serial killer
Todd Kohlhepp, a registered sex offender who has been arrested in connection with the kidnapping of Kala Brown and Charles David Carver is shown in this booking photo provided in Spartanburg, South Carolina, Nov. 3, 2016. Reuters

A South Carolina man, Todd Kohlhepp, who was convicted of killing seven people earlier this year, said Saturday there are more victims whose remains have not been discovered yet.

In an eight-page letter to Spartanburg Herald-Journal, Kohlhepp wrote that he attempted to tell investigators and informed the FBI, however, "it was blown off."

"At this point, I really don't see reason to give numbers or locations," he wrote.

Don Wood, chief division counsel with the FBI's Columbia office, stated that the agency has a pending investigation but declined to comment specifically on what the FBI is doing.

Kohlhepp, 46, pleaded guilty in May to seven counts of murder for killings that took place over more than ten years, all while he also ran a real estate business. He was sentenced to life in prison.

Kohlhepp was arrested after police searching for a missing couple discovered a woman "chained like a dog" inside a shipping container and also found a body buried in a shallow grave in November 2016. The woman named Kala Brown, had been raped and locked inside the storage container for over two months after Kohlhepp shot and killed her boyfriend, authorities said. Charles David Carter, 32, who went with her for a cleaning job on Kohlhepp's property, was the last of the seven murder victims.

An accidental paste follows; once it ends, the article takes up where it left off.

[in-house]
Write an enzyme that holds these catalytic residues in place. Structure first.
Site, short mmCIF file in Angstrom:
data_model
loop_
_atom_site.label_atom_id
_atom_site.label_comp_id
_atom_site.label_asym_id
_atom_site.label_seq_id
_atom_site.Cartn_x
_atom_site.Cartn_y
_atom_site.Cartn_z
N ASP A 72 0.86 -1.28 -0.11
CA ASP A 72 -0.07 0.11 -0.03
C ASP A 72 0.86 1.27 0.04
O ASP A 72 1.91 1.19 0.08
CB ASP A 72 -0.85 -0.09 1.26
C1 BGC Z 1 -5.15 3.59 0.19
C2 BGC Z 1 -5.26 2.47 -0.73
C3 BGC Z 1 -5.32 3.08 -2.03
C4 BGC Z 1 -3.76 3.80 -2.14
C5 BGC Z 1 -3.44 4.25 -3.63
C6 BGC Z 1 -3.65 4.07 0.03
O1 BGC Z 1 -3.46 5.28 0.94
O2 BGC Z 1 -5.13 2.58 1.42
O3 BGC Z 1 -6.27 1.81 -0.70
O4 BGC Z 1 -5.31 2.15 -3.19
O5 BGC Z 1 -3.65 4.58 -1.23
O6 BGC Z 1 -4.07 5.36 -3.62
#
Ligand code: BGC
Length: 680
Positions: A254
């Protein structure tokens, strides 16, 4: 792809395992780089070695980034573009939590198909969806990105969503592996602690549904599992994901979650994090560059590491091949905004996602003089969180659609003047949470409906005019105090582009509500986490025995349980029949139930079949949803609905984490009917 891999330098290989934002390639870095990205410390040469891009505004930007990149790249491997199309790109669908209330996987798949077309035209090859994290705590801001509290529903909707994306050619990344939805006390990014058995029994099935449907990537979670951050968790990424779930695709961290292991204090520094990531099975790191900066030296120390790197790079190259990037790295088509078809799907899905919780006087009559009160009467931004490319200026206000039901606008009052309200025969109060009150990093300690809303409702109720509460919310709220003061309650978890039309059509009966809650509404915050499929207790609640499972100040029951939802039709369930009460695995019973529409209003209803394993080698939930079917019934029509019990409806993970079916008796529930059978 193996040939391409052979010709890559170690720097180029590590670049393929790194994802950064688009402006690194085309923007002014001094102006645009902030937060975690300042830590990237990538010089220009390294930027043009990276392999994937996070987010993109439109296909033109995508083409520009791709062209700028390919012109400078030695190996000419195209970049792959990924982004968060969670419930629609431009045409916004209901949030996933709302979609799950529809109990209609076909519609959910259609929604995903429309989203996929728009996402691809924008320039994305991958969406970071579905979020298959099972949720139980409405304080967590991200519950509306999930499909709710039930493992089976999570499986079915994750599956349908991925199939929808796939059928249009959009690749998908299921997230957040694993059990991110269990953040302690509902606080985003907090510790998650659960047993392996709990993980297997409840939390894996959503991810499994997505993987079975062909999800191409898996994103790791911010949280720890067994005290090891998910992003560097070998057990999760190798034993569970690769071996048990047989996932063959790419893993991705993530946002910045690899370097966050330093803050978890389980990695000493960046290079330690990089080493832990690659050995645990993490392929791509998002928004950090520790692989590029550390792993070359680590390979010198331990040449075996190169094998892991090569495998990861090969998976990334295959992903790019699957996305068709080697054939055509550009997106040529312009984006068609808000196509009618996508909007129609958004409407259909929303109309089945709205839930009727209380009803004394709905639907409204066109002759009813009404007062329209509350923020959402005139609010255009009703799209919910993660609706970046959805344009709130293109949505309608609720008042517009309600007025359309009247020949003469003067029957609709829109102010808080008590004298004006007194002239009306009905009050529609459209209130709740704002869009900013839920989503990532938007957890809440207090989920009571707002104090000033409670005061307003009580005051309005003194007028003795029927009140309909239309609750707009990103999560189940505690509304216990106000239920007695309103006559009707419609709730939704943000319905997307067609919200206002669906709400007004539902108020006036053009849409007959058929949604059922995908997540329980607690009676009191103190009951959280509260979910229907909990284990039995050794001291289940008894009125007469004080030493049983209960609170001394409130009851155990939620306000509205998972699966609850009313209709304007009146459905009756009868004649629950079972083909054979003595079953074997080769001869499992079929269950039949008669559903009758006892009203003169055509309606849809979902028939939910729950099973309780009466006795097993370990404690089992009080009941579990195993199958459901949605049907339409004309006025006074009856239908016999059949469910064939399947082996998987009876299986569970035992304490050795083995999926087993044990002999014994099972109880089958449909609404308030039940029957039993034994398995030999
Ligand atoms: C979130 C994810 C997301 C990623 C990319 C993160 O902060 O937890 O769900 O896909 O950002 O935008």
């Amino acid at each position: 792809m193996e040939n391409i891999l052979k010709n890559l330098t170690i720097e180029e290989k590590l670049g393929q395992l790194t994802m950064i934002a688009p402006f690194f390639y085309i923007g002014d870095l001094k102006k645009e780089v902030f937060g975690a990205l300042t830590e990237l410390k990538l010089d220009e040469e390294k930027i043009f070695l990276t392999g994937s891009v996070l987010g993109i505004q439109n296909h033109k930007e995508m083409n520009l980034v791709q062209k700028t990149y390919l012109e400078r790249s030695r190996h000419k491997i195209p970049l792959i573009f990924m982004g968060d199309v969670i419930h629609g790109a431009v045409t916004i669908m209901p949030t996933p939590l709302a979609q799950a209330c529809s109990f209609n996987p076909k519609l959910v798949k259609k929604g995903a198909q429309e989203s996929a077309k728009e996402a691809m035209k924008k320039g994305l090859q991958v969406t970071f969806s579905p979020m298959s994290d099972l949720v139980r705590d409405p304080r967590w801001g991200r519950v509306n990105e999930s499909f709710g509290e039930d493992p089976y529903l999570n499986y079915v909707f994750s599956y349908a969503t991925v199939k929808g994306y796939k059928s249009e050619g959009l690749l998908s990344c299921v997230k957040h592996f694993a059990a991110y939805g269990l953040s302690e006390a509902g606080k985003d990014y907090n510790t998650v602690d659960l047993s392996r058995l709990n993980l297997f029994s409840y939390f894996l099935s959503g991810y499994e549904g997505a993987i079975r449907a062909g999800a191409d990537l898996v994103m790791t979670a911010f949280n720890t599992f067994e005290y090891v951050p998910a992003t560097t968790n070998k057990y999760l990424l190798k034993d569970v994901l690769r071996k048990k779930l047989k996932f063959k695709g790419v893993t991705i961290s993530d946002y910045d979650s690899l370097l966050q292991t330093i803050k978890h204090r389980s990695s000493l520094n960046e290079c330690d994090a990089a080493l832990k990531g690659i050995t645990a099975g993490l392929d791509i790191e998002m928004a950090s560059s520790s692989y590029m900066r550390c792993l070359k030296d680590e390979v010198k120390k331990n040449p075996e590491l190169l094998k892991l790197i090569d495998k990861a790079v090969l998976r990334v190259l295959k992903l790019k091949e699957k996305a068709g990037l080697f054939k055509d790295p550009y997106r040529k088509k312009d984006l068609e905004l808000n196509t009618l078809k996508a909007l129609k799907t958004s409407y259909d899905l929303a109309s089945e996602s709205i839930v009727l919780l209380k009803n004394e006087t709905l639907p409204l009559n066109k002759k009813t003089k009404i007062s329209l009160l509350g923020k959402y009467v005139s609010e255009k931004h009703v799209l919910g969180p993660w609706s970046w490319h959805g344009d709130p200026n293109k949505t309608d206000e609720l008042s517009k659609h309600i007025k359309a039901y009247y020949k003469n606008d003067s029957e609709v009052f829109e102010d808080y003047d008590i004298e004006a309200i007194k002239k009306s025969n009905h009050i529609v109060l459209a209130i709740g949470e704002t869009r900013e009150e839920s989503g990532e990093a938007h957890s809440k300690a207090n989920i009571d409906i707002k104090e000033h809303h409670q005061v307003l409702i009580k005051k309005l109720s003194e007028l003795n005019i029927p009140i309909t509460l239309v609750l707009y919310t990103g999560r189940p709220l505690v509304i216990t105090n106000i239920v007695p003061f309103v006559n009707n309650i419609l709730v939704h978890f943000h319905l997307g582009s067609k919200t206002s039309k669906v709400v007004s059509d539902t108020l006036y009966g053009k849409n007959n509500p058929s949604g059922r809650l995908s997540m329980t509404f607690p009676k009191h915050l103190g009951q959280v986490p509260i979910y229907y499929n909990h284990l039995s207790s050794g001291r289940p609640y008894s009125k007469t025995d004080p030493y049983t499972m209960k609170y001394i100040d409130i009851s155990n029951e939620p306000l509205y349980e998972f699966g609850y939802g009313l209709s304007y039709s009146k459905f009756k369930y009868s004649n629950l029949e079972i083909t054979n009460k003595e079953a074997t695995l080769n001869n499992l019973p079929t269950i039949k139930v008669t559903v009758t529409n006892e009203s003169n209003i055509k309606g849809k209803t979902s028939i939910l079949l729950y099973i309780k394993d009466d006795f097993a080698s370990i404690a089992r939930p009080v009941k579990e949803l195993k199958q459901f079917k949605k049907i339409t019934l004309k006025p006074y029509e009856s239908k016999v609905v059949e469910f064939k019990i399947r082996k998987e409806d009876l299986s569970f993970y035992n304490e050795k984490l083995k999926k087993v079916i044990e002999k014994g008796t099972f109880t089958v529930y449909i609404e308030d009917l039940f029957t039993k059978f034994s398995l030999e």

In addition to Carter, Kohlhepp also pleaded guilty in May to killing husband-and-wife Johnny and Meagan Coxie in December 2015, as well as four other people at a local motorcycle shop in 2003. Kohlhepp is currently serving seven consecutive life terms along with 60 years on kidnapping, sexual assault and other charges. The serial killer is not eligible for parole.

At the time of Kohlhepp's sentencing, his attorney told the court that there were no other victims. But in his letter to the Herald-Journal, Kohlhepp wrote that his murder trail, "leaves the state and leaves the country."

After being rescued, Brown spoke publicly about her ordeal. On the "Dr. Phil" show in February 2017, she accused Kohlhepp of raping her regularly during her captivity, said he bragged about how good he was at killing, and also allegedly claimed his victims numbered nearly 100.

Brown said she did what she had to do in order to survive.

"He told me as long as I served my purpose, I was safe," Brown said during the interview.

Kohlhepp's mother Regina Tague, in an emotional interview with "48 Hours," insisted her son is "not a monster" after his arrest in November.

"I want [Brown] to know how sorry I am," Tague told "48 Hours."

"And I think Todd is too. Because he didn't wanna hurt her, he just didn't know what to do," Tague said, CBS News reported.

Kohlhepp reportedly moved to South Carolina in 2001, shortly after he served 14 years in prison after pleading guilty to a kidnapping charge in Arizona. Authorities claimed that in Arizona, the then 15-year-old Kohlhepp forced a 14-year-old neighbor at gunpoint, allegedly tied her up and raped her.

Anderson Police Capt. Mike Walters said he does not believe Kohlhepp is associated to any more local cases, but suspects that he might have victims out of state.

"I'm sure there are more. I’m just thinking they’re more likely in Florida or elsewhere," Walters said, Fox News reported. "People like him, they want the cops to get the notoriety. They’re always going to throw bait out there often to keep their name out there."